Friday, February 18, 2011

Water along the Way

Sabeel is an Arabic word meaning “way” or “source of water.” The two are connected, because they come from an ancient tradition in the Middle East of establishing drinking places along the paths people traveled (anyone who has traveled in the Middle East, understands the importance of water here).

It is also the name chosen by Rev. Naim Ateek for the Palestinian Ecumenical Liberation Theology Center in Jerusalem (
Dr. Naim Ateek

Sabeel carries out various activities, in the areas of humanitarian work, seeking justice for the Palestinians, and interfaith dialogue with Muslims.

The heart of their work, the passion of Rev. Ateek, is for Palestinian Christians to do theology, to interpret the Bible, in their context – to learn what God has to say to them, through the Bible, in and for their situation under Israeli occupation. He comments that “Jesus lived under occupation” (and thus, the New Testament is very relevant for Palestinians today), and “we read the Bible through Palestinian eyes.”

A common theme of Sabeel is justice. One of their volunteers quoted a verse from the prophet Michah (6:8),

“He has showed you, O man, what is good. And what does the LORD require of you? To act justly and to love mercy and to walk humbly with your God.”

He made the statement that “reconciliation is not possible without peace, and peace is not possible without justice.” When questioned about justice might mean for Palestinians in their context he replied, an application of international law. (This, as mentioned previously, coincides with the fact, pointed out by Rabbi Ascherman, that in Hebrew, “justice” and “law” are synonyms.)

On an interesting side note, at one point in the conversation Rev. Ateek made the statement that “our God is an inclusive God, not an exclusive God.” I understood him to be emphasizing the fact that God’s arms are wide open to humanity, and that Jesus came for all people, not just for Christians. When asked if he thought that Muslims and Christians worship (or are talking about) the same God, his response was that there is only one God, but the way we understand and relate to God is different.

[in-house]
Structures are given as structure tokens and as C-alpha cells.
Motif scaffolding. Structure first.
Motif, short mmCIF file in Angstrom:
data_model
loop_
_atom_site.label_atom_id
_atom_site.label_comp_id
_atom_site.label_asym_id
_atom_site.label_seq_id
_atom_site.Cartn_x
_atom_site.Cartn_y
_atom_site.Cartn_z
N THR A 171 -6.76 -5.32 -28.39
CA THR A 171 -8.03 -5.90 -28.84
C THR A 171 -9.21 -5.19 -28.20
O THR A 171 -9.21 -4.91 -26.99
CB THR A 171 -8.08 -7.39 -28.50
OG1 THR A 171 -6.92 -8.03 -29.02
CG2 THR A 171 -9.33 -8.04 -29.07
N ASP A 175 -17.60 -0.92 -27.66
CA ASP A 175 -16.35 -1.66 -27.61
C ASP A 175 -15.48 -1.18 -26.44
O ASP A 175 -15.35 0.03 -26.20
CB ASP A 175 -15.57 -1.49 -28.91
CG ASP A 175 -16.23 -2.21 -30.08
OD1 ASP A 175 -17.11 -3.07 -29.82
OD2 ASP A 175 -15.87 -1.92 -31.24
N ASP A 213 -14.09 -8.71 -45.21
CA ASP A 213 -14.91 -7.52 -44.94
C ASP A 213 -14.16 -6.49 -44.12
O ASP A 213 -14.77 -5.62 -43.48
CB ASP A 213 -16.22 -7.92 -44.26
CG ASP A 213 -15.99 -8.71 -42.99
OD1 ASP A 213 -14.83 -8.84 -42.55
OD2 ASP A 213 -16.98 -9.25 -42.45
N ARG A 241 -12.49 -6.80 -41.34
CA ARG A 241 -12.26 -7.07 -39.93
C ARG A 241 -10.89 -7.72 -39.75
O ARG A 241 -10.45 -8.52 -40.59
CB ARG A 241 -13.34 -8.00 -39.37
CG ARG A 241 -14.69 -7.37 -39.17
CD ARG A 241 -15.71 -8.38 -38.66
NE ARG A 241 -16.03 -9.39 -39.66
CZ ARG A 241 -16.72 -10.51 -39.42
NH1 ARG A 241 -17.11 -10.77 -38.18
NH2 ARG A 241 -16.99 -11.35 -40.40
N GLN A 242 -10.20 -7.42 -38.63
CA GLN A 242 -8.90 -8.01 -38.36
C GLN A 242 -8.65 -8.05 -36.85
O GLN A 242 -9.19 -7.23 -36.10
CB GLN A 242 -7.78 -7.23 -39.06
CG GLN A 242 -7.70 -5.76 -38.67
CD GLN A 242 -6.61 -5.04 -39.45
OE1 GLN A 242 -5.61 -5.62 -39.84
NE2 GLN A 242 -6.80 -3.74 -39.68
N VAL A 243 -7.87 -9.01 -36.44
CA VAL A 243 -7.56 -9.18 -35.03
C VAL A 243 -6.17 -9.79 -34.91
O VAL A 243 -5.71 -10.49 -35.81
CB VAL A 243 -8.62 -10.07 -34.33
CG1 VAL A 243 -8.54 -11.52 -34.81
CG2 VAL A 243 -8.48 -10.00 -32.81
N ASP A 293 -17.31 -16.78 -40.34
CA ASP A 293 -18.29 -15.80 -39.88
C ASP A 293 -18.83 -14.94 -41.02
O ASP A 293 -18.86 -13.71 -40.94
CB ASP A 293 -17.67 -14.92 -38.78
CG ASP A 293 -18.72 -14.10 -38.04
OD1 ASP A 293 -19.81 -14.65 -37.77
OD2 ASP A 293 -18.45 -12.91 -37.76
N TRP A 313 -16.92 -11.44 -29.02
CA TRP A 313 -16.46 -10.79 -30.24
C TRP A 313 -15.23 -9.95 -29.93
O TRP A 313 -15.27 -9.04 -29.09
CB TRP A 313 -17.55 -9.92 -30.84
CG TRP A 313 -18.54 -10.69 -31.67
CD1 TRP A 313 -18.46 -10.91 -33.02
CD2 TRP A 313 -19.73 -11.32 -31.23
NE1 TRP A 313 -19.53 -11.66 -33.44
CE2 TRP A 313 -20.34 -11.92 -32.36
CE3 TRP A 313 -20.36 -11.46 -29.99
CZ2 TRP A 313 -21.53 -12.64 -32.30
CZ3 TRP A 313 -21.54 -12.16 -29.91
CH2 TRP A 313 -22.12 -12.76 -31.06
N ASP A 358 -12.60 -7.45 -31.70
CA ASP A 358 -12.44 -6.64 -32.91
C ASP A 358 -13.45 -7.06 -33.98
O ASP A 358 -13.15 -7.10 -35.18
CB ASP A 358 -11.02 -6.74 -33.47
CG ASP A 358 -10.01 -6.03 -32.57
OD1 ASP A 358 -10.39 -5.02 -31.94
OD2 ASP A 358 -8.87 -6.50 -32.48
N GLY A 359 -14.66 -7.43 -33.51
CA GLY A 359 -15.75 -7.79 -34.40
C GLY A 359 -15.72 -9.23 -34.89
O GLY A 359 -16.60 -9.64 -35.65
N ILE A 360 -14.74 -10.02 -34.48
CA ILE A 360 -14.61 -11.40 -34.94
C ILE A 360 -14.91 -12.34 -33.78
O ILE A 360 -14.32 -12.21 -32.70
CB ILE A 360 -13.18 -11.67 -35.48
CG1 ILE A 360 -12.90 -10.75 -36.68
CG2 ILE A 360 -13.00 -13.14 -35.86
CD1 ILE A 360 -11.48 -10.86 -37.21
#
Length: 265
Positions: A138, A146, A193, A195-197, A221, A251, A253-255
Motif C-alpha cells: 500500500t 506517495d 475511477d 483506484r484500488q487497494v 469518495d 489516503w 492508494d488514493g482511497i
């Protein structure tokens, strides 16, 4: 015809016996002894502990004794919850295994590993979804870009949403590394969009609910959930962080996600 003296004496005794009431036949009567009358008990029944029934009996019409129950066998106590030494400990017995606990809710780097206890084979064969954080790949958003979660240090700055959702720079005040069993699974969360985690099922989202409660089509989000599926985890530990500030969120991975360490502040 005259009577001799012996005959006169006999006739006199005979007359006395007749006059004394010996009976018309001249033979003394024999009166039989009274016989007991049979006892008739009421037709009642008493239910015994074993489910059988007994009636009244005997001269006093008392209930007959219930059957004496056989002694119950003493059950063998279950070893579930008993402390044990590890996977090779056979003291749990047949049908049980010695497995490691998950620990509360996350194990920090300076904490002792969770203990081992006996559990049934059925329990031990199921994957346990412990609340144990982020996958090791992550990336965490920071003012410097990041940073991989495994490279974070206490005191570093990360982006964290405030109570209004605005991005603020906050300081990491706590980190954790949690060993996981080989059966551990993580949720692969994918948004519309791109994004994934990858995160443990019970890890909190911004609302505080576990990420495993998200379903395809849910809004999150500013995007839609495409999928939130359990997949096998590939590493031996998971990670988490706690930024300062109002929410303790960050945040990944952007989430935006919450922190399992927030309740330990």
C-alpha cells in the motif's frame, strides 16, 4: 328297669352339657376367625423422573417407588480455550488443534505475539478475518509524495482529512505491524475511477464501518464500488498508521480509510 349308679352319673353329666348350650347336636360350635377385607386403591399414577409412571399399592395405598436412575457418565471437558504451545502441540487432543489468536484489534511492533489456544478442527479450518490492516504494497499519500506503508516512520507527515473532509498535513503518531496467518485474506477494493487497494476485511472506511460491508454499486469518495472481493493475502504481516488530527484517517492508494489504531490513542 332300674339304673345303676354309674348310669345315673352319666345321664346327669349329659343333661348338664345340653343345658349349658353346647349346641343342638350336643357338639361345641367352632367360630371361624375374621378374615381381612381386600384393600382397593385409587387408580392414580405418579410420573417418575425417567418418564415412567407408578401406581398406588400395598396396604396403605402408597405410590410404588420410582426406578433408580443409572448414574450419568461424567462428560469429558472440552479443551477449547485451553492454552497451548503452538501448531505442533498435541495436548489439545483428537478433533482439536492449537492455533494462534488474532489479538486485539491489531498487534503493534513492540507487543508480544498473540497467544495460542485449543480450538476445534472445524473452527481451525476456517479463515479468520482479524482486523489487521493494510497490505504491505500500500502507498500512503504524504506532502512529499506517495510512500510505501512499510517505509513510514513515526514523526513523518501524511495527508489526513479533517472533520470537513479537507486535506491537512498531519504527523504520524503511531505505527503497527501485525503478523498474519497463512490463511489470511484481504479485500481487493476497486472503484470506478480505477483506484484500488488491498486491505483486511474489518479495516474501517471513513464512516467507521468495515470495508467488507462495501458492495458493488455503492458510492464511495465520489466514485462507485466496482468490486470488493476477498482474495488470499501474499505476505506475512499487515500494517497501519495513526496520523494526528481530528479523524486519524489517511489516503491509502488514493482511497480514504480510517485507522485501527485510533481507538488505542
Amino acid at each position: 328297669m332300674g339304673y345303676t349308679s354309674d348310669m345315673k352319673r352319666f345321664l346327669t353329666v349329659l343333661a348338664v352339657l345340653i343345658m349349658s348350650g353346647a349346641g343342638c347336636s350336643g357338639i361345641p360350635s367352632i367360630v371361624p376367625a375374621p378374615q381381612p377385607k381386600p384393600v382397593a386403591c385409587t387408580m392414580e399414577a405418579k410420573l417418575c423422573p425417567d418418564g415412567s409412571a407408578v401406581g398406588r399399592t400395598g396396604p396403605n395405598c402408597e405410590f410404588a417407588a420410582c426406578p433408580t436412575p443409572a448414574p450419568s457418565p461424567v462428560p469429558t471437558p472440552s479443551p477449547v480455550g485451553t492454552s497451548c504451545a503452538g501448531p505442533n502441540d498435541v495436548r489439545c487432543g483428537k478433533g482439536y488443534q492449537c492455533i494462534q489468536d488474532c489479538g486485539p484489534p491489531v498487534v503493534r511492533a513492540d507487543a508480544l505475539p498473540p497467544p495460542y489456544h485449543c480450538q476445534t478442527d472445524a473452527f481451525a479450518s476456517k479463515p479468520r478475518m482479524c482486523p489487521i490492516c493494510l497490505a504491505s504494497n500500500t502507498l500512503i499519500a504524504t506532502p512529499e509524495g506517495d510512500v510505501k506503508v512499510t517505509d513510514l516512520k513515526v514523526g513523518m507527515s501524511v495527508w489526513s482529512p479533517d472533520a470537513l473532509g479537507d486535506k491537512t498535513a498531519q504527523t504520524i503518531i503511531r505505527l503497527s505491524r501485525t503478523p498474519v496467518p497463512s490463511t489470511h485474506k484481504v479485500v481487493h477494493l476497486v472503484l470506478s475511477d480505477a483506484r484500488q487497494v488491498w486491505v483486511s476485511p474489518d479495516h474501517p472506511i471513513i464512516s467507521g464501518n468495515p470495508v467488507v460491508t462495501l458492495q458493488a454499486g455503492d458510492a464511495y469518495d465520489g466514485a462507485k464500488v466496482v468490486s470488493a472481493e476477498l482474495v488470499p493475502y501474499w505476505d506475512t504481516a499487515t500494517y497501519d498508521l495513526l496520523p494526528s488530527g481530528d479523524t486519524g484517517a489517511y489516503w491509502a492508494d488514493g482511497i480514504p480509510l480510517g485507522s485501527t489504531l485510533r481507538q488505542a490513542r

I bring this up because one issue in seeking peace between people of different religious communities (e.g., Christians and Muslims and Jews) is how people of faith deal with questions of truth claims, rightly knowing God, etc. Rev. Ateek seemed to be saying that for him, he has found the way, life, the truth, in Jesus; but that he can’t say that Muslims or Jews (or anyone else) are unacceptable to God. In his view, and practice, we must be true to our faith, to what we understand, and we must also embrace others of different faiths, leaving judgment to God.

I think the members of our group were challenged by Rev. Ateek, in several respects. His language is not typical of western “evangelical” Christian ways of talking. Some of his concepts and perhaps his approaches, do not feel comfortable to us. But that, I think, is good, and is the point of our meeting with him and others. We are outsiders to the conflict, to the context. We need to meet and listen to and learn from the insiders to the situation, those for whom this is their life and struggle, day in and day out, year after year. And perhaps our understanding, not just of peace and peacemaking, but also of faith and of God, will be challenged and expanded in the process.

For further insight into the work and thinking of Rev. Ateek I would recommend his books, Justice and Only Justice, and A Palestinian Christian Cry for Reconciliation.

A Palestinian Christian Cry For Reconciliation by Naim Stifan Ateek         Justice, And Only Justice: A Palestinian Theology Of Liberation by Naim Stifan Ateek

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